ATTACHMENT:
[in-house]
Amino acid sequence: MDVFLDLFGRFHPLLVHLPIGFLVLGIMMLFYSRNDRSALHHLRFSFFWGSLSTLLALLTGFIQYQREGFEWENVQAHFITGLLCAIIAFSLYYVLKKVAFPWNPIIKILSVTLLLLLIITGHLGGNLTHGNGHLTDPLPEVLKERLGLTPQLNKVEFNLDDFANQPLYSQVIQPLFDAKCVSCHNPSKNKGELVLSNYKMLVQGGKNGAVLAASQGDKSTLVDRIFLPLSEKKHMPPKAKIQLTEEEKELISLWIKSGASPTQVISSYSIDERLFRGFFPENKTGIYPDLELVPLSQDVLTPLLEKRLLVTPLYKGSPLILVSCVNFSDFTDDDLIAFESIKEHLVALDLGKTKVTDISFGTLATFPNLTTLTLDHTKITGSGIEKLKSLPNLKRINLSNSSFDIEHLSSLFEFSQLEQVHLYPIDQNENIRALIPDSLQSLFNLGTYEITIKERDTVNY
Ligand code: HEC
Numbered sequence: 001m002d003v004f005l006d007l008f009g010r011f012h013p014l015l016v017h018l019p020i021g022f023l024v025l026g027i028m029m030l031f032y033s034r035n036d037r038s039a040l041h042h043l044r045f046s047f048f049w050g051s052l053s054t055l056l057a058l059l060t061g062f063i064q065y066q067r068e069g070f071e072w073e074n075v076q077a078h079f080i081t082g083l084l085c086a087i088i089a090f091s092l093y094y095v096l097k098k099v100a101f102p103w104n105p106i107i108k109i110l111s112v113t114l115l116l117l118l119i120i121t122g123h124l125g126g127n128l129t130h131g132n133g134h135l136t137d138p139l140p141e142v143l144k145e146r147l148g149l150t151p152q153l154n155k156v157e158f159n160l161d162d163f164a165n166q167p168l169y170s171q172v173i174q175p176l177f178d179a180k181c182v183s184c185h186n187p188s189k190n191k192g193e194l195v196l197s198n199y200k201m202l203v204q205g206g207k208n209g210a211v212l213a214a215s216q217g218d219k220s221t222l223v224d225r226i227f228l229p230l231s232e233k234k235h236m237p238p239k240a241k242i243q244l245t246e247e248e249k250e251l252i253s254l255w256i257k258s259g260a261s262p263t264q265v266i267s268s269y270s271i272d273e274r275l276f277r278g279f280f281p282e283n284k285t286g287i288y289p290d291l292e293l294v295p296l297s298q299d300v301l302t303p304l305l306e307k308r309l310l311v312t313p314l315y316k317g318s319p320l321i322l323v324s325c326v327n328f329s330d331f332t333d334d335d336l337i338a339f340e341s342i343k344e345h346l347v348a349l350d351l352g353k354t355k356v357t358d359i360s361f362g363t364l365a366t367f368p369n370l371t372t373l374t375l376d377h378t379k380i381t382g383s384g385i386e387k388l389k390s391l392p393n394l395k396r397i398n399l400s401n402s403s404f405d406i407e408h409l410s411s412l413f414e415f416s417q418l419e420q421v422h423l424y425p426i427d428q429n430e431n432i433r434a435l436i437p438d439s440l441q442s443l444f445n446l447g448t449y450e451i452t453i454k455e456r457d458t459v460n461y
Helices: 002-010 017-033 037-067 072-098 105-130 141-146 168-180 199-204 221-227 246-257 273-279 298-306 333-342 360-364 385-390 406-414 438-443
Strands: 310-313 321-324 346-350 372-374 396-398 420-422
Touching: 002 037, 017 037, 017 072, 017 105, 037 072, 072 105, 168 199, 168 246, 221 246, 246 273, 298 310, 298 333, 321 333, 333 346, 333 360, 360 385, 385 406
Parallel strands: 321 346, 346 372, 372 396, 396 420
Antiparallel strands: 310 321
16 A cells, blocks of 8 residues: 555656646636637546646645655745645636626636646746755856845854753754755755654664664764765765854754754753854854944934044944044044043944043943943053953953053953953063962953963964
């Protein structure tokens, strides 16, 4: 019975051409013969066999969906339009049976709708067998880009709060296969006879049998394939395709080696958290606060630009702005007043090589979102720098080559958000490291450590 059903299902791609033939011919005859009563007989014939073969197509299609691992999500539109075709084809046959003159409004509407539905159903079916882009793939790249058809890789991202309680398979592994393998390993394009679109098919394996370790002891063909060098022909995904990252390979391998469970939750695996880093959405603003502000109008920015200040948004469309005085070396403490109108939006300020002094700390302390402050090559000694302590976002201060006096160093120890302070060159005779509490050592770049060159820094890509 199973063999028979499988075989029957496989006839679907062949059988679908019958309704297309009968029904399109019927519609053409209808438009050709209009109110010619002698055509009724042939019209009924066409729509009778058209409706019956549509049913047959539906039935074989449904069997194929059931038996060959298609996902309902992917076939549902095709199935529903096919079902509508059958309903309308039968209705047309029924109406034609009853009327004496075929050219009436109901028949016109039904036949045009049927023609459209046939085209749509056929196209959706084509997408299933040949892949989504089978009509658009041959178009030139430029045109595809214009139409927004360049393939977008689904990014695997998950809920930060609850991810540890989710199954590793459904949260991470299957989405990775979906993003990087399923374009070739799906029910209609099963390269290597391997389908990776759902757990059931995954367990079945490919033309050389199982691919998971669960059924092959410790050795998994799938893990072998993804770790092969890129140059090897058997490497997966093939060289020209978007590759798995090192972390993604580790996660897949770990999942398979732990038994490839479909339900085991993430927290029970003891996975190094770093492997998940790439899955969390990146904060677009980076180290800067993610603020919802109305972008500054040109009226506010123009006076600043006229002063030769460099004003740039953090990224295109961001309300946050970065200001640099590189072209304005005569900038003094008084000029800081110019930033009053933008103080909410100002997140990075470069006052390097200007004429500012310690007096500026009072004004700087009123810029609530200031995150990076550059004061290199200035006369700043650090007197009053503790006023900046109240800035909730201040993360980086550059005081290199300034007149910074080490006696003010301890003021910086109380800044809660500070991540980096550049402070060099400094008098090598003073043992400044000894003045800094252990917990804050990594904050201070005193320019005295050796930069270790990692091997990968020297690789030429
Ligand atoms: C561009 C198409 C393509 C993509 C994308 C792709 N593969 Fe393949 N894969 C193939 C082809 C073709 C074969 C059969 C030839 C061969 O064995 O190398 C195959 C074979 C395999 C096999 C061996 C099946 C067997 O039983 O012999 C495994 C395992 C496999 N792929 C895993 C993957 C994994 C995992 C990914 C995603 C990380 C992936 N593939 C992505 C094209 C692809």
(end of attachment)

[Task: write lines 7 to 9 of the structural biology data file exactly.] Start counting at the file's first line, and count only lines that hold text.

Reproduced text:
Touching: 002 037, 017 037, 017 072, 017 105, 037 072, 072 105, 168 199, 168 246, 221 246, 246 273, 298 310, 298 333, 321 333, 333 346, 333 360, 360 385, 385 406
Parallel strands: 321 346, 346 372, 372 396, 396 420
Antiparallel strands: 310 321